1. Think Outside the Box: Part of the reason these kids are challenging is because there is no single way to solve the problem(s). Sometimes I feel like Mary Poppins rummaging through my magical bag for solutions! Use your resources: ask a social worker/counselor, colleagues, or former teachers to get ideas. For the kids that can’t sit still, provide flexible seating or play action songs and let them move around. For the talkers, allow times when they can talk with friends. You may have to dig deep to find other solutions, but keep digging! One of my students cannot handle the cafeteria—he eats for ten minutes, and then is a complete distraction. So, I found an older student to be his lunch buddy. He loves it because he is getting one-on-one attention, and I have not made it seem like a punishment. I love it because I can truly have a duty-free lunch!
  1. Classmate Support: It is important to have the other students on your side, so to speak. When a challenging student is being disruptive, violent, or unkind to a peer, I will often ask the peer how it makes them feel. Deep down everyone wants a friend, and just hearing how their behavior is making a peer feel can really be effective. On the flip side, I also teach my students to encourage positive behaviors as well. When my challenging students show signs of improvement, we all celebrate with high fives or words of affirmation. And on a few occasions, if the challenging students are gone, I have talked to my class about those students to offer words of advice and encouragement in helping get them on the right track. I will also pair my challenging kids with positive role models, which I find helps immensely. However, be sure to share the love and move kids around often so there isn’t just one student bearing the load.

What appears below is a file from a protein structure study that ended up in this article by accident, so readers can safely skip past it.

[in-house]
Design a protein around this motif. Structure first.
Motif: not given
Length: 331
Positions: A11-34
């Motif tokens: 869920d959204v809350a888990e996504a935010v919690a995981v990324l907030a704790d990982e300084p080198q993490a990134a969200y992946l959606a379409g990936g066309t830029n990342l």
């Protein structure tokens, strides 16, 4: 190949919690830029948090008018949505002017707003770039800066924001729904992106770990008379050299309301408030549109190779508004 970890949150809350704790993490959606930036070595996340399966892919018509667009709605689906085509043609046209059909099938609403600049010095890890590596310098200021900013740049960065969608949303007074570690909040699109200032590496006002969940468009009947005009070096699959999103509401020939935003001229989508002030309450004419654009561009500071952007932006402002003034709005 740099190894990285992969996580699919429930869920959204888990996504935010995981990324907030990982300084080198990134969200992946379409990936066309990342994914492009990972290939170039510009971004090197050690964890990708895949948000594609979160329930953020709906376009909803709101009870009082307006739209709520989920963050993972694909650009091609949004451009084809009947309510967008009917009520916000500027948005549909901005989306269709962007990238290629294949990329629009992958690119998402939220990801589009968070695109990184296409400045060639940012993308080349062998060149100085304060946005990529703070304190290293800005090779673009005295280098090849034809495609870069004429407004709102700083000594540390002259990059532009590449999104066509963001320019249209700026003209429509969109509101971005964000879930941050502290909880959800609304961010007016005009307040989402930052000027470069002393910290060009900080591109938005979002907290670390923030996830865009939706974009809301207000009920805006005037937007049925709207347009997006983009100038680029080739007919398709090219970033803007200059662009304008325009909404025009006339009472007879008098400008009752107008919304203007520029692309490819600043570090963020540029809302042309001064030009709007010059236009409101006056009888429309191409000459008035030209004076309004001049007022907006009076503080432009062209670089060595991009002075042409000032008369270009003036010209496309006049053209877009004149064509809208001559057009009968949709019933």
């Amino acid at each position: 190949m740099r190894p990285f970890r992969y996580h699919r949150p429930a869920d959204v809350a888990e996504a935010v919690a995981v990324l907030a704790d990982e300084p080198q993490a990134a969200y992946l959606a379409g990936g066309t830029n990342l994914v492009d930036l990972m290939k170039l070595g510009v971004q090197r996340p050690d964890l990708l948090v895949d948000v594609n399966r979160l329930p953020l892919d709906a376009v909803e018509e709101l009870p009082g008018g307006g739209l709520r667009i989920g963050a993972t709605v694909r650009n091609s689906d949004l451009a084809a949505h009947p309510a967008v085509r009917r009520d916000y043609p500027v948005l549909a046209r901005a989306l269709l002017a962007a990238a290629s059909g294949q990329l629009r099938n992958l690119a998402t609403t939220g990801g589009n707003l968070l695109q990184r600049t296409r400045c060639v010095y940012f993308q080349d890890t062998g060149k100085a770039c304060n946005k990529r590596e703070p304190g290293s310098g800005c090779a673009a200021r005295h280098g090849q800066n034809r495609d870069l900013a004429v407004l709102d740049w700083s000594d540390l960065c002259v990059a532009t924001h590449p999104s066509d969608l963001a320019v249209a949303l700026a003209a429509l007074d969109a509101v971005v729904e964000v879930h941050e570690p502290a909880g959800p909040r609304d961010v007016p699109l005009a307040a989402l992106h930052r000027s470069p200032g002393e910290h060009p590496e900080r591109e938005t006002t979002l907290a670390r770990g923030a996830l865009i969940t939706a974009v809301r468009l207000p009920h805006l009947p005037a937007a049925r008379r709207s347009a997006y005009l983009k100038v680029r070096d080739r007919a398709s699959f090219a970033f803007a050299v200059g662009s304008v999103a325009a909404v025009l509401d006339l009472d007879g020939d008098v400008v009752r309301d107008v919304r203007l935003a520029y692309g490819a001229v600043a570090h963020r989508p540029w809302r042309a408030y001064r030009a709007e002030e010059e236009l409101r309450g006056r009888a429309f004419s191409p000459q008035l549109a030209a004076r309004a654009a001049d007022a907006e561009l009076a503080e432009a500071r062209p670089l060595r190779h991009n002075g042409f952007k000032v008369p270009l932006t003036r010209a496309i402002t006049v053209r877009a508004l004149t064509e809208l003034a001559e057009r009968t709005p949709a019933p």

1. Keep Yourself in Check: I completely understand wanting to lose your patience, but don’t. Remember you are the adult and they are just kids trying to learn. Remain calm, consistent, and loving. Sit the students near you or better yet, far away from you. Ignore those behaviors that just get under your skin like snapping incessantly or tapping a pencil. Go home and whine (or wine!) to a friend, but don’t let it consume you. Focus on the other students who make you smile every day. Take it day by day, don’t stress about how you have two more quarters left, and think about how far you have come. Focus on any progress you have made and be sure to take care of yourself with a proper diet, sleep, and exercise.

It is not easy having challenging students. It was good for me to write this article to remind myself to take a step back and focus on what works. I do believe following these strategies can help ensure a successful year—it’s working for me and it can work for you, too. So, power on and remember why we are here: the students. And while we all love those rule followers and hard workers, there is a special place in our hearts for the challenging students as well. Many times, they help us grow as teachers, just as much as we are helping them grow as students.

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Topics: tips for teachers, Administrator Resources, Classroom Management